South Africa (ZA)   Finally, some Autumn Migration Birding  -  Categories: Photographs  -  @ 02:03:18 pm

Week 38 - 24 September 2011, Pivot Fields and SAANR

After a much enjoyed winter/spring break back to South Africa (see my post under the World Birds tab of this site) and getting back to Kuwait to settle into work and a new school year for my son, I was finally able to get out for some Autumn migration birding this past weekend. Images by Mike Pope

Unfortunately, we did not have a favourable NW migration wind to assist the birds today, as we did last weekend, but nevertheless it was still good to be out and Pivot Fields was my first stop. A Wood Sandpiper looked a little out of place, as I drove in through the gates

Wood Sandpiper

Hoopoes are normally one of the first species to arrive during Autumn migration, there were still a few around, but not quite as many as earlier in the season


Yellow Wagtails are still present in large numbers

Yellow Wagtail

Spotted Flycatchers were seen in most areas of the farm

Spotted Flycatcher

Along the boundary I photographed this pale-throated Wheatear which we suspect to be Eastern Black-eared. However, if this is incorrect - please let me know.

Eastern Black-eared Wheatear

Eastern Black-eared Wheatear

The Alfalfa fields are in flower and are attracting hundreds of Clouded Yellow butterflies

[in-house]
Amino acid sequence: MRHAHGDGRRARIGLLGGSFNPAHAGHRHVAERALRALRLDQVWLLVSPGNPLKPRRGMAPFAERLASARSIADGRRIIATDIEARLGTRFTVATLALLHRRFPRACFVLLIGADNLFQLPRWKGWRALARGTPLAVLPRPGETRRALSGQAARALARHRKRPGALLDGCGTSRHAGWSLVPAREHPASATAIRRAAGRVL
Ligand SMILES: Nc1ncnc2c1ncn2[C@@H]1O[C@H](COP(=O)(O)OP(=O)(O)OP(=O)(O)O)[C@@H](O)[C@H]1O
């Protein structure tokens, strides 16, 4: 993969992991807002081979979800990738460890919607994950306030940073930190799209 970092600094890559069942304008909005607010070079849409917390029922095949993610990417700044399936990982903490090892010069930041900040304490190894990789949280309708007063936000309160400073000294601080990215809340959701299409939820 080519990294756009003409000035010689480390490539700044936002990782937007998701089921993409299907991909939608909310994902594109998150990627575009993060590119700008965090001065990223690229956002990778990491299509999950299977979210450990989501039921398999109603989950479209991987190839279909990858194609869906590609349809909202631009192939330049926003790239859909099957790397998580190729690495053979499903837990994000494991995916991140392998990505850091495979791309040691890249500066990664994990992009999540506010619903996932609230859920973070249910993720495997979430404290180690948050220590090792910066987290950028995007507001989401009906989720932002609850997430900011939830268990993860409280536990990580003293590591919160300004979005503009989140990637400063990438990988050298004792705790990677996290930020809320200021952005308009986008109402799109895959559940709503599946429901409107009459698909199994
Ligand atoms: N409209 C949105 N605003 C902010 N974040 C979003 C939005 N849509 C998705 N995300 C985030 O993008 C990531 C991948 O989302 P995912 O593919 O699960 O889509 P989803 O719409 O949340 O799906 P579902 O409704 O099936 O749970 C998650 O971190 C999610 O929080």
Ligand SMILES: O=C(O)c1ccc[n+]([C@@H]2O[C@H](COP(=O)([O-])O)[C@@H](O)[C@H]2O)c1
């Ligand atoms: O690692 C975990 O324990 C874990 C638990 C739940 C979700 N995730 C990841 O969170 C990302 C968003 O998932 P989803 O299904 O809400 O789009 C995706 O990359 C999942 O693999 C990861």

Clouded Yellow

The first year Shrikes can be a little tricky at this time of year, I suspect this to be a Daurian Shrike

Daurian Shrike

I saw a few Orioles (but as always they remain elusive), but the Rollers that were present were a little more obliging

European Roller

Also seen on the Pivot Irrigation were a number of Cuckoo's

European Cuckoo

There were sporadic flocks of Short-toed Larks

Short-toed Lark

as well as small numbers of Pied Wheatears

Pied Wheatear

There were 4 Raptor species present; Black Kites, Pallid and Marsh Harriers and many Steppe Buzzards in a variety of plumages

Steppe Buzzard

The Marsh Harriers were the most prevalant of the two Harriers present. This one flew over me and a little later successfully caught a bird that it finished eating fairly quickly

Marsh Harrier

Marsh Harrier

Marsh Harrier

Even though the wind was not favourable, my next stop was SAANR in the hope that there would be a few Raptors. Unfortunately, none were seen while I was there (although Rashed had luck with Harriers later in the day). There were numbers of passerine stopping to drink, so sitting quietly was productive. There were at least 5 Grey Herons in the shade of the acacia, this one flying over to survey the pan below

Grey Heron

A single European Bee-eater that caught and devoured a particularly large dragonfly and then had a quick dip in the pond to cool off.

European Bee-eater

European Bee-eater

An Isabelline Wheatear stopped by for a drink

Isabelline Wheatear

Although Common Whitethroat, Barred Warbler, Thrush Nightingale and Blackcaps were seen; Lesser Whitethroat was the predominant passerine - this one dropping down from the top of the acacia and working toward the water level. After finding the right perch, really stretching for a drink

Lesser Whitethroat

Lesser Whitethroat

Lesser Whitethroat

I found this Turtle Dove sitting very quietly in the shade of an acacia before leaving Tuhla to head home for lunch only to later discover that I missed a lifer in the form of a Wood Warbler found by Rashed who waited patiently for it to return

Turtle Dove

Hawar-Islands.comBirding Top 500 CounterHawar-Islands.com
Bahrain Bird Report Bahrain Kuwait Birding

powered by